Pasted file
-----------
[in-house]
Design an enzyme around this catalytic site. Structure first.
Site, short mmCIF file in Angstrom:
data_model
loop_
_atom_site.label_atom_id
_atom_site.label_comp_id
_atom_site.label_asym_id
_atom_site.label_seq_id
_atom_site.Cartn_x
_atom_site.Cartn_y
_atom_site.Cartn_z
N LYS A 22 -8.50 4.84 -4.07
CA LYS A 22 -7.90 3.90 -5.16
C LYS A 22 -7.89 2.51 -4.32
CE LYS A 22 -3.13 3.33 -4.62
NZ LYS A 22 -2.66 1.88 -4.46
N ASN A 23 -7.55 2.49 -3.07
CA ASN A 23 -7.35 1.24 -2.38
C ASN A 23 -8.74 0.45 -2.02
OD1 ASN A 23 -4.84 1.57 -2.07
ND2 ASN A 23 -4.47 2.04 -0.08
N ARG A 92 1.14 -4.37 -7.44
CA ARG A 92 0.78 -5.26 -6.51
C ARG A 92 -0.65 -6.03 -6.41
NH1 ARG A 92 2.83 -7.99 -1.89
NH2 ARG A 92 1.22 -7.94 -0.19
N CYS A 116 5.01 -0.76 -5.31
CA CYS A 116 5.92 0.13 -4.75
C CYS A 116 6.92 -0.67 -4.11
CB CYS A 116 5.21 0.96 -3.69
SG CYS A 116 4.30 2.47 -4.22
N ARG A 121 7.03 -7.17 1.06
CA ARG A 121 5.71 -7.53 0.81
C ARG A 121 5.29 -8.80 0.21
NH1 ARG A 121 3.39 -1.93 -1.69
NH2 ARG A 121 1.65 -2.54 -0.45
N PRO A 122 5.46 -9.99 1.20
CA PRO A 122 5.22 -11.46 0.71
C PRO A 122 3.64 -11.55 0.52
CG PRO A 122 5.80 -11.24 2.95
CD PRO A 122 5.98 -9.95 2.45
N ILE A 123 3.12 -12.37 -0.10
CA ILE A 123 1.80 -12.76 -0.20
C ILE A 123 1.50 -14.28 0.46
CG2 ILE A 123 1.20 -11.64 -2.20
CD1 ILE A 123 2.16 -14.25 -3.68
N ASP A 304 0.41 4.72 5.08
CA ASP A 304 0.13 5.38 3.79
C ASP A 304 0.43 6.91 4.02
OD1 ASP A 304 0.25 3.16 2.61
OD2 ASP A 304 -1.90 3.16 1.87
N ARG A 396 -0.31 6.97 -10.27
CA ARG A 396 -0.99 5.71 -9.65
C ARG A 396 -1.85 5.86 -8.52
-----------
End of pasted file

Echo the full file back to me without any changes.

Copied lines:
[in-house]
Design an enzyme around this catalytic site. Structure first.
Site, short mmCIF file in Angstrom:
data_model
loop_
_atom_site.label_atom_id
_atom_site.label_comp_id
_atom_site.label_asym_id
_atom_site.label_seq_id
_atom_site.Cartn_x
_atom_site.Cartn_y
_atom_site.Cartn_z
N LYS A 22 -8.50 4.84 -4.07
CA LYS A 22 -7.90 3.90 -5.16
C LYS A 22 -7.89 2.51 -4.32
CE LYS A 22 -3.13 3.33 -4.62
NZ LYS A 22 -2.66 1.88 -4.46
N ASN A 23 -7.55 2.49 -3.07
CA ASN A 23 -7.35 1.24 -2.38
C ASN A 23 -8.74 0.45 -2.02
OD1 ASN A 23 -4.84 1.57 -2.07
ND2 ASN A 23 -4.47 2.04 -0.08
N ARG A 92 1.14 -4.37 -7.44
CA ARG A 92 0.78 -5.26 -6.51
C ARG A 92 -0.65 -6.03 -6.41
NH1 ARG A 92 2.83 -7.99 -1.89
NH2 ARG A 92 1.22 -7.94 -0.19
N CYS A 116 5.01 -0.76 -5.31
CA CYS A 116 5.92 0.13 -4.75
C CYS A 116 6.92 -0.67 -4.11
CB CYS A 116 5.21 0.96 -3.69
SG CYS A 116 4.30 2.47 -4.22
N ARG A 121 7.03 -7.17 1.06
CA ARG A 121 5.71 -7.53 0.81
C ARG A 121 5.29 -8.80 0.21
NH1 ARG A 121 3.39 -1.93 -1.69
NH2 ARG A 121 1.65 -2.54 -0.45
N PRO A 122 5.46 -9.99 1.20
CA PRO A 122 5.22 -11.46 0.71
C PRO A 122 3.64 -11.55 0.52
CG PRO A 122 5.80 -11.24 2.95
CD PRO A 122 5.98 -9.95 2.45
N ILE A 123 3.12 -12.37 -0.10
CA ILE A 123 1.80 -12.76 -0.20
C ILE A 123 1.50 -14.28 0.46
CG2 ILE A 123 1.20 -11.64 -2.20
CD1 ILE A 123 2.16 -14.25 -3.68
N ASP A 304 0.41 4.72 5.08
CA ASP A 304 0.13 5.38 3.79
C ASP A 304 0.43 6.91 4.02
OD1 ASP A 304 0.25 3.16 2.61
OD2 ASP A 304 -1.90 3.16 1.87
N ARG A 396 -0.31 6.97 -10.27
CA ARG A 396 -0.99 5.71 -9.65
C ARG A 396 -1.85 5.86 -8.52